Patients who are weak and debilitated as a result of chronic ill-ness associated with HIV infection typically require many kinds of supportive care. Nutritional support may be as simple as pro-viding assistance in obtaining or preparing meals. For patients with more advanced nutritional impairment that results from decreased intake, wasting syndrome, or GI malabsorption asso-ciated with diarrhea, parenteral feedings may be required. Im-balances that result from nausea, vomiting, and profuse diarrhea often necessitate IV fluid and electrolyte replacement.
Skin breakdown associated with KS, perianal skin excoriation, and immobility is managed with thorough and meticulous skin care involving regular turning, cleansing, and applying medicated ointments and dressings.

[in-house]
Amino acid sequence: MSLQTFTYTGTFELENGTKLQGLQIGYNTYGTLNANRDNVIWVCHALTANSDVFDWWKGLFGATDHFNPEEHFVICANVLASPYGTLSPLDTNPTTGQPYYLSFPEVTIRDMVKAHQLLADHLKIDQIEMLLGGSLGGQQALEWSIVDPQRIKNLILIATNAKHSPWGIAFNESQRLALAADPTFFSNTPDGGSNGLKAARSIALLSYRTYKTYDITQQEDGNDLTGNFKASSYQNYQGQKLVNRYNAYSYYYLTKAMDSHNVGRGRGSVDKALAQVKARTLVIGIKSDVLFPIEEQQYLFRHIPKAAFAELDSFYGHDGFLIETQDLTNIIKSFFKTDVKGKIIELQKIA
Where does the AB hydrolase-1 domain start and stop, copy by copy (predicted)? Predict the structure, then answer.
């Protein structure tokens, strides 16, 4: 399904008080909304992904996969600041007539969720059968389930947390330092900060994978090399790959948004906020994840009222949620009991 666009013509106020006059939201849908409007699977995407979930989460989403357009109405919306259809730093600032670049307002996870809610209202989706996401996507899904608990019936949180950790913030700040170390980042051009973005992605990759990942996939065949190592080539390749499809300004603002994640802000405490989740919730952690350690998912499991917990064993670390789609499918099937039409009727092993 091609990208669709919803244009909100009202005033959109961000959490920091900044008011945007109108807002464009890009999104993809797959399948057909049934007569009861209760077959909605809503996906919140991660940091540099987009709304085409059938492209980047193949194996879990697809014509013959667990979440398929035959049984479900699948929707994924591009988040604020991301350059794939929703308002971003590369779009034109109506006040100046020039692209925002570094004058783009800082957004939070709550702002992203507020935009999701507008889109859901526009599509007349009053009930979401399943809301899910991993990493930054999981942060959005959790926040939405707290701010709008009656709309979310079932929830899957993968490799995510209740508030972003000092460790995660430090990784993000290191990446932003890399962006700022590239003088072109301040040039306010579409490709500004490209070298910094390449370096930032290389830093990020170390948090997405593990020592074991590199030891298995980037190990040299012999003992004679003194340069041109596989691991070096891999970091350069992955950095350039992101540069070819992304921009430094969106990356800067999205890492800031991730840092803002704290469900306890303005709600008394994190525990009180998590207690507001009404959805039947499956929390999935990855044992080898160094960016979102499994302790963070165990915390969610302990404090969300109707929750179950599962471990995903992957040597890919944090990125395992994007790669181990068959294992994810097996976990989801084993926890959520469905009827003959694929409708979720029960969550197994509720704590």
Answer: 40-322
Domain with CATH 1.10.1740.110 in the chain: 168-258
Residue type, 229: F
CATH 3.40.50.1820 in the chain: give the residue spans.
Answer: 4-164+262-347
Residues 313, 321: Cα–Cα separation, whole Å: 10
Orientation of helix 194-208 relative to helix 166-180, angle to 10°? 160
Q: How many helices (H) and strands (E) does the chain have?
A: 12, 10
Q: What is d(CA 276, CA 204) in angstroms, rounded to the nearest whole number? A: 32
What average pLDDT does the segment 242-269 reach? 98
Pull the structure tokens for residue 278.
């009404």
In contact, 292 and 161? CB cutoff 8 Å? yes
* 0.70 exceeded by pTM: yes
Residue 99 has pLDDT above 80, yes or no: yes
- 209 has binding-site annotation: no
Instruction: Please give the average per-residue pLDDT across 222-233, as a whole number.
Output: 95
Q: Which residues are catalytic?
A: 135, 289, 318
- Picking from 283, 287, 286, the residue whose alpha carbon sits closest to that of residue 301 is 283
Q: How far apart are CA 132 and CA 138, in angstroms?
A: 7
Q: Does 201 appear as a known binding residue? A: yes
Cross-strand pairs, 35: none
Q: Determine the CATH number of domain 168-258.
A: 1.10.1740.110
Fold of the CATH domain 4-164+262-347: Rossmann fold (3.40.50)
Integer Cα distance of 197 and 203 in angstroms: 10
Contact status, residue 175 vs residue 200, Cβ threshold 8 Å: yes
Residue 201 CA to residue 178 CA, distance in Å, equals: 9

Pain associated with skin breakdown, abdominal cramping, peripheral neuropathy, or KS is managed by analgesics given at regular intervals around the clock. Relaxation and guided imagery may be helpful in reducing pain and anxiety.
Pulmonary symptoms, such as dyspnea and shortness of breath, may be related to infection, KS, or fatigue. For these patients, oxygen therapy, relaxation training, and energy conservation techniques may be helpful. Patients with severe respiratory dys-function may require mechanical ventilation. Before placing a patient on mechanical ventilation, the procedure is explained to the patient and the caregiver. The patient may elect not to be placed on mechanical ventilation, and the patient’s wishes should be followed. Ideally, the patient has prepared an advanced direc-tive identifying preferences for treatments and end-of-life care, including hospice care. If the patient has not identified prefer-ences in advance, treatment options are described so that the patient can make informed decisions and have those wishes respected.
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